I was working in a movie theater when the original My Big Fat Greek Wedding came out in 2002. I remember the sold-out shows of the film that seemingly sprang out of nowhere, the brief cultural phenomenon that was born from such an innocuous film. It was an organic success (or at least as organic as being backed and co-signed by Tom Hanks and Rita Wilson could possibly be), a low-budget indie that built an audience on word-of-mouth. This never meant I actually watched the thing (this was in the innocent days before you could just pay me to watch whatever), so I have no opinion on the original. I will say that whatever My Big Fat Greek Wedding was or is, this sequel is not. The mere idea of another one of these things, a full 14 years later, just reeks of money-grabbing cynicism (assuming the audience for another dose still exists) and feels — yet again — like everything wrong and ailing about cinema. Nothing can be left alone, and nothing can be new, with 2016 and beyond feeling like a disappointing recyclery of ideas.
Despite how I may feel on the subject, this is the reality of the movie business, an industry run by people far outside whatever influence I might pretend to have. Because of this, and because my job is to, you know, write about movies, here is the movie I have to write about: My Big Fat Greek Wedding 2. And, on its own merits, as a piece of filmmaking existing in a vacuum, it sucks. I dug up Ken’s review of the original movie, where he wrote that it was “comfortable, cozy, unthreatening and, above all, unsurprising.” That’s a pretty safe description of part two, with the added sense of increased tedium, banality and just boorish noisiness.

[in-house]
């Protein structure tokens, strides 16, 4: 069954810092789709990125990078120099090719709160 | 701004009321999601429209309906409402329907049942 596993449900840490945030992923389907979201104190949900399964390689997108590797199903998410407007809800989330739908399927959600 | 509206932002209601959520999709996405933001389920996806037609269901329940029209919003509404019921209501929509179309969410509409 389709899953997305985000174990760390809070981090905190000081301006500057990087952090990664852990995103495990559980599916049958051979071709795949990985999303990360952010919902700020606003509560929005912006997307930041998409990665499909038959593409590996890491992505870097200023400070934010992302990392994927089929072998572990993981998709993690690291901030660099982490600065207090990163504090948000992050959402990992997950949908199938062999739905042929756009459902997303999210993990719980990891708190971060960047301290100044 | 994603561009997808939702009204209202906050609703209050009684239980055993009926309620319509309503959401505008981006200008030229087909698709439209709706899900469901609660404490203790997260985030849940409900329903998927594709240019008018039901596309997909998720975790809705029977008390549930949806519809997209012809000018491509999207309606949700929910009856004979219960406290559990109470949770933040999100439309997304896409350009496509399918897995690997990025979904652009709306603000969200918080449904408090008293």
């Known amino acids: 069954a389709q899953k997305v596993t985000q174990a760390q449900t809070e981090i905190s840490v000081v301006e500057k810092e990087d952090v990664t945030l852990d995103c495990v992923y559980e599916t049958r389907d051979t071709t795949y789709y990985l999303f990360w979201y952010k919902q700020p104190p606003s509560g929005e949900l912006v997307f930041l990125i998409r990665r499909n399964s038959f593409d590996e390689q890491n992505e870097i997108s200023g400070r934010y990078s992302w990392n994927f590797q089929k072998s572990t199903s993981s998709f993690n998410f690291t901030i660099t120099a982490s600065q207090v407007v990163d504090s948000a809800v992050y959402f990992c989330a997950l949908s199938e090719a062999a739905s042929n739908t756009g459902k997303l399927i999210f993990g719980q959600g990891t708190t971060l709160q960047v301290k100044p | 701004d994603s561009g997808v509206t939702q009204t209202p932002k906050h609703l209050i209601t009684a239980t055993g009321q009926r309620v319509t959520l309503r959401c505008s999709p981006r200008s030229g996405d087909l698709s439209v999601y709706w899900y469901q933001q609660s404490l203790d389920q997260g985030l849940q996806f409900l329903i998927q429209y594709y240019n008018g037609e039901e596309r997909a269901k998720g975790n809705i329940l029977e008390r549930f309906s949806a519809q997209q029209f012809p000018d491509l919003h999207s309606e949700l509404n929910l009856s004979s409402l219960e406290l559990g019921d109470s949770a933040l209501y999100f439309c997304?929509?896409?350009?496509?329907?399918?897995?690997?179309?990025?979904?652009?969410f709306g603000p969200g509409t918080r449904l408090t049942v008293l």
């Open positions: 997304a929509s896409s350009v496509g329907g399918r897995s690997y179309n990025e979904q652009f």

Not content to leave well enough alone, Nia Vardalos (who’s now written both films, starred in the original one-woman show of the same name and also once starred in the sitcom adaptation) returns as Toula. Still (mostly) happily married to Ian (John Corbett) and now comfortable with her heritage all these years later, the two have a daughter, Nikki (Elena Kampouris, Men, Women & Children) who’s about to graduate high school, but is rebelling against her omnipresent family in a storm of pinch-faced angst. At the same time, it’s discovered that her parents Gus (Michael Constantine) and Maria’s (Lainie Kazan) marriage was never quite legal, so they’re stuck having — you guessed it — a big fat Greek wedding (also meaning the title of this film is a lie, but whatever).
That’s the plot, as things go along pretty innocuously with constant stops for gags based around flat-footed ethnic stereotypes. The film has that sitcom-style feel to it — a mix of flat direction, bad, quippy jokes and a plot that has zero consequence. Everything wraps up neatly, which is to be expected in a film like this, but there are no surprises and no energy to the film, making for a dull experience. As pleasant or harmless as the film can be, it’s wholly listless and feels calculated and lifeless. It’s a classic case of diminished returns, taking a fairly harmless original and turning it into something pointless and drab. Rated PG-13 for some suggestive material.